DENVER — In the year since George Floyd’s death, six Black Coloradans reflected on what’s changed for them, and what they’ve seen change around them.
Joe Buckner owns Beautifully Savage Boxing in Fort Collins. He wasn’t surprised by George Floyd’s death, but the conversations about holding the officers accountable did surprise him. He does not think racism will ever end, but he believes empathy is the answer.
Saja Butler is a professional musician in Fort Collins. She grew up in the south and had a culture shock when she moved to Colorado.
She said she is often the only Black person in a crowd, and after George Floyd’s death, Butler felt like it was part of her purpose to talk about her experiences with her white friends and allies.
Quincy Shannon is the dean of students at DSST: Green Valley Ranch Middle School, but he also led many protests last summer. After Floyd’s death, he felt like his experiences as a Black man were validated by people who never saw their privilege before.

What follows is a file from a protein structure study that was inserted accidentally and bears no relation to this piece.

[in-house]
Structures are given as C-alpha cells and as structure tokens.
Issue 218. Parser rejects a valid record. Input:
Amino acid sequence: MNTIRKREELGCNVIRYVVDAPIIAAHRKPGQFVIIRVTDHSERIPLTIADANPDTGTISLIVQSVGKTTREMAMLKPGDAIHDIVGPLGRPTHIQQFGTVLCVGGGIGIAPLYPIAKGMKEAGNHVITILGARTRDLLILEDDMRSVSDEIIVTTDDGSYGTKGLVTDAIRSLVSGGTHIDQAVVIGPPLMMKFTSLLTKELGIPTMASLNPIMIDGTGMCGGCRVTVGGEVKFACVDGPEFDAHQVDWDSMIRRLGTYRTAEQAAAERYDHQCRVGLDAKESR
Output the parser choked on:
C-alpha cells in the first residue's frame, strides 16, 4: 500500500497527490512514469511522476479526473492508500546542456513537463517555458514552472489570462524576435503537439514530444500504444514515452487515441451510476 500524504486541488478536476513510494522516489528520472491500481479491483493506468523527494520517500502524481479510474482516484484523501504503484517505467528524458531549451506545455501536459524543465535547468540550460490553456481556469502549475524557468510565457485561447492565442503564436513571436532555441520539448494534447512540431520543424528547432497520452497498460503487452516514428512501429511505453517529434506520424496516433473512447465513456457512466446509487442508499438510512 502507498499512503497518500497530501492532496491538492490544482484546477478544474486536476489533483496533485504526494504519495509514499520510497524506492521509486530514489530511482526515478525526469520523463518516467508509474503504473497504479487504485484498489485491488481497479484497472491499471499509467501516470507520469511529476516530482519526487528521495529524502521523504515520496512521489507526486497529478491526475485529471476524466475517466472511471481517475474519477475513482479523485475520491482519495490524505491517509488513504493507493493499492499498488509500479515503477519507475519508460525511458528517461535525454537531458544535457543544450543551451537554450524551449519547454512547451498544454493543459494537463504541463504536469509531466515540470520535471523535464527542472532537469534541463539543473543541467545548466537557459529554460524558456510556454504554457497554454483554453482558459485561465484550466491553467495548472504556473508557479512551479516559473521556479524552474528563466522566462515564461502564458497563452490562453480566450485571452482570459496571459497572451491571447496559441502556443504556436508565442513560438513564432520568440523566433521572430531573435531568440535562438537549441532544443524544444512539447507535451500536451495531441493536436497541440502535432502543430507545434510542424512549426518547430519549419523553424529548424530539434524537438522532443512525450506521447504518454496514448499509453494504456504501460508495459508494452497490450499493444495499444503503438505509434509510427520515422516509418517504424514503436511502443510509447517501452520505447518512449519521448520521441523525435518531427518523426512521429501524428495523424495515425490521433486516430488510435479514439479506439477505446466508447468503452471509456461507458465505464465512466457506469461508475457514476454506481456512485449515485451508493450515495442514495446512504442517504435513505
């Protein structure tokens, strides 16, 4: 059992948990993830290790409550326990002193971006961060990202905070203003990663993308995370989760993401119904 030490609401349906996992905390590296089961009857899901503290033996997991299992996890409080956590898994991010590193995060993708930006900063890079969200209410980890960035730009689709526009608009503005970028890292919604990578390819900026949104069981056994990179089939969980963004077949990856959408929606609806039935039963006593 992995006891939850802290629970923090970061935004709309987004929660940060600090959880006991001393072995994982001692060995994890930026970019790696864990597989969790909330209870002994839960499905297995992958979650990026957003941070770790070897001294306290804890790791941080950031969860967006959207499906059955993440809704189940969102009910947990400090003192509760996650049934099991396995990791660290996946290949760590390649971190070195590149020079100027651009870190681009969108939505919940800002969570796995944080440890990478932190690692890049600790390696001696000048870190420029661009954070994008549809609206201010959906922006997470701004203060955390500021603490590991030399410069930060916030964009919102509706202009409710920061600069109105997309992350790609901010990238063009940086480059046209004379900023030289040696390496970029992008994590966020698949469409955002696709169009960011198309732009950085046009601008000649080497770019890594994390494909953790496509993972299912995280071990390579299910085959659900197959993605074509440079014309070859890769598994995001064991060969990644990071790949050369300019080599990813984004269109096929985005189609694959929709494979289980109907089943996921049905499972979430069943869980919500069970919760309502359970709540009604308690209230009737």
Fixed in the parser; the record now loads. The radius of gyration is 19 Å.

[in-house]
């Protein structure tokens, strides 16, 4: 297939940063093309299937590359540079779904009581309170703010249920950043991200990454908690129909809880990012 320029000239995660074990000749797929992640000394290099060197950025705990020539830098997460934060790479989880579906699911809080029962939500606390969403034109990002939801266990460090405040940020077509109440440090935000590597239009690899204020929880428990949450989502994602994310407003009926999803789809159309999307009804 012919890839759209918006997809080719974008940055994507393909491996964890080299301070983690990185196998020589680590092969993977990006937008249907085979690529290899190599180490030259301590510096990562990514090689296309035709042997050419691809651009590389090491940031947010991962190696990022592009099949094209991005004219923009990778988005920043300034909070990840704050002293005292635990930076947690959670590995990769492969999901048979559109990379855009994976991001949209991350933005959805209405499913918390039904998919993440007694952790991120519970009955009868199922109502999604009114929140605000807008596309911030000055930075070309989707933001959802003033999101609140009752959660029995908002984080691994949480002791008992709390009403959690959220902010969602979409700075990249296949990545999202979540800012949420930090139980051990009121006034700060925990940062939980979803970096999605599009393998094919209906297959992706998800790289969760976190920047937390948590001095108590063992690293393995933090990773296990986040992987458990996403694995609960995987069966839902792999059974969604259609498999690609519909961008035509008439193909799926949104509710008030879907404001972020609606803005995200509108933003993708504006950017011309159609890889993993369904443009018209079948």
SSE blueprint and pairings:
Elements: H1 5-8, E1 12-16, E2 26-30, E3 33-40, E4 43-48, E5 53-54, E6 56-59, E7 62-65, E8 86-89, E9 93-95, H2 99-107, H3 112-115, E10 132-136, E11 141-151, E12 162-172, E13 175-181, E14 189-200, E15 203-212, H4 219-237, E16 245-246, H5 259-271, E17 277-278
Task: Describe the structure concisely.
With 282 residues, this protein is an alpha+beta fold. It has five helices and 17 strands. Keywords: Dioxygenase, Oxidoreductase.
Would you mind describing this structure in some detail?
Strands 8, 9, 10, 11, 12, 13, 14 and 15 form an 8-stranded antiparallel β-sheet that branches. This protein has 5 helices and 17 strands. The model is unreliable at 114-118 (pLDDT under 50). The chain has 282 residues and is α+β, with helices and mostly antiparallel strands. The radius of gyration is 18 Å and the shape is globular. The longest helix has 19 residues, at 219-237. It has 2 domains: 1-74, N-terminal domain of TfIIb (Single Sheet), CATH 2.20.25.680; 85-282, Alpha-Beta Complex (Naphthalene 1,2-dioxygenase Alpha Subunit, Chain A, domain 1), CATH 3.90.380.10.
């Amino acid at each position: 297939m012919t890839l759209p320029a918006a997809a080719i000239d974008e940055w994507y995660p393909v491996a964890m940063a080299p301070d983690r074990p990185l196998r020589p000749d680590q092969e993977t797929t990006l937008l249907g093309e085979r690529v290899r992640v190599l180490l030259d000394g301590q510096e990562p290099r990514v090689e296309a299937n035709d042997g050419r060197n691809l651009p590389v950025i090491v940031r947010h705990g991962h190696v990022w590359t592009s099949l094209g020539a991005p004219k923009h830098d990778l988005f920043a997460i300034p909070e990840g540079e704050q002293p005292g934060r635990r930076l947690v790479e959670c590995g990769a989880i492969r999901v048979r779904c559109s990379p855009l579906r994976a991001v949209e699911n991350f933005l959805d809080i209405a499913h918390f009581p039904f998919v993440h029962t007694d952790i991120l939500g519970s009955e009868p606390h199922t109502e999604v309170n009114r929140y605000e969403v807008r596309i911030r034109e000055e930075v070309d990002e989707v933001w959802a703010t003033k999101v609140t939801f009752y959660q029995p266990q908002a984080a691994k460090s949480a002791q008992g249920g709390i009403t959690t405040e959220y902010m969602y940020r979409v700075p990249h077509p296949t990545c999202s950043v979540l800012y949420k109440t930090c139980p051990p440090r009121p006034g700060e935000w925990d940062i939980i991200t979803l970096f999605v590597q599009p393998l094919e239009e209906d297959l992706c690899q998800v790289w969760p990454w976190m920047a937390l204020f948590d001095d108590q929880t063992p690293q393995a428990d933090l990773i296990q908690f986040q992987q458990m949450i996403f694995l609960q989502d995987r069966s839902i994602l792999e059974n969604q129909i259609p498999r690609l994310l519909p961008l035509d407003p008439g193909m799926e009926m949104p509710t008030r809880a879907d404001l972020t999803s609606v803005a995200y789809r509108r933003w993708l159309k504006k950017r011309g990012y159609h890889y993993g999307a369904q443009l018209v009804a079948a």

Harrison Nealey began making protest signs to hang in his window when he could not sleep. He is the father of three boys: a 17-year-old, an 8-year-old and a 3-year-old. He said he feels that he must be stricter with them because of the fear that if they don’t listen, they won’t be here anymore.
Leslie Herod is the first Black and queer elected official in Colorado. The democratic representative said she had wanted to pass a police accountability bill before last year, but George Floyd’s death made lawmakers listen.
CJ Renaud retired from the Aurora Police Department in 2017. She’s always been proud of her 20 plus years as an officer, but after George Floyd’s death, she questioned that pride, and wondered why her Black experience wasn’t like others.
So she did what she does best, and educated herself. Now she’s in a career where she helps to educate people that look like her.
> Video below: Watch the Next with Kyle Clark story on the year since George Floyd's death.
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